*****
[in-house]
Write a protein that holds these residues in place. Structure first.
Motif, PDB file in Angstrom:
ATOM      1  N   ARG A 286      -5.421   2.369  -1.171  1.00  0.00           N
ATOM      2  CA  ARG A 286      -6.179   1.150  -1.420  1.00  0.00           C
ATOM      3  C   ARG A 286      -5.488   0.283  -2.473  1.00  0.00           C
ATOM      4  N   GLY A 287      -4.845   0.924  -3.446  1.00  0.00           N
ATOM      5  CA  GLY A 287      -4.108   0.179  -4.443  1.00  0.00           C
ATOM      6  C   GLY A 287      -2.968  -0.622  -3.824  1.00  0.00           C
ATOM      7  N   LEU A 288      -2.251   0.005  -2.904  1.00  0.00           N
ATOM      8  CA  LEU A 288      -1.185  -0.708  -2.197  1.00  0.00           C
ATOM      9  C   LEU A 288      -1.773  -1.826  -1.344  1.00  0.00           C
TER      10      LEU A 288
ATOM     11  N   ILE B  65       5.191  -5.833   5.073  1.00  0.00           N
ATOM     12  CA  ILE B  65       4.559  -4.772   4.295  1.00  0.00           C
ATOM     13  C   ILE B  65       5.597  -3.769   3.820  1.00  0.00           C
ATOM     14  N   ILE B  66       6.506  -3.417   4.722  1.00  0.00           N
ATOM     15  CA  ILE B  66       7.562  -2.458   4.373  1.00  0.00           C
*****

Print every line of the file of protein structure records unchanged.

[in-house]
Write a protein that holds these residues in place. Structure first.
Motif, PDB file in Angstrom:
ATOM      1  N   ARG A 286      -5.421   2.369  -1.171  1.00  0.00           N
ATOM      2  CA  ARG A 286      -6.179   1.150  -1.420  1.00  0.00           C
ATOM      3  C   ARG A 286      -5.488   0.283  -2.473  1.00  0.00           C
ATOM      4  N   GLY A 287      -4.845   0.924  -3.446  1.00  0.00           N
ATOM      5  CA  GLY A 287      -4.108   0.179  -4.443  1.00  0.00           C
ATOM      6  C   GLY A 287      -2.968  -0.622  -3.824  1.00  0.00           C
ATOM      7  N   LEU A 288      -2.251   0.005  -2.904  1.00  0.00           N
ATOM      8  CA  LEU A 288      -1.185  -0.708  -2.197  1.00  0.00           C
ATOM      9  C   LEU A 288      -1.773  -1.826  -1.344  1.00  0.00           C
TER      10      LEU A 288
ATOM     11  N   ILE B  65       5.191  -5.833   5.073  1.00  0.00           N
ATOM     12  CA  ILE B  65       4.559  -4.772   4.295  1.00  0.00           C
ATOM     13  C   ILE B  65       5.597  -3.769   3.820  1.00  0.00           C
ATOM     14  N   ILE B  66       6.506  -3.417   4.722  1.00  0.00           N
ATOM     15  CA  ILE B  66       7.562  -2.458   4.373  1.00  0.00           C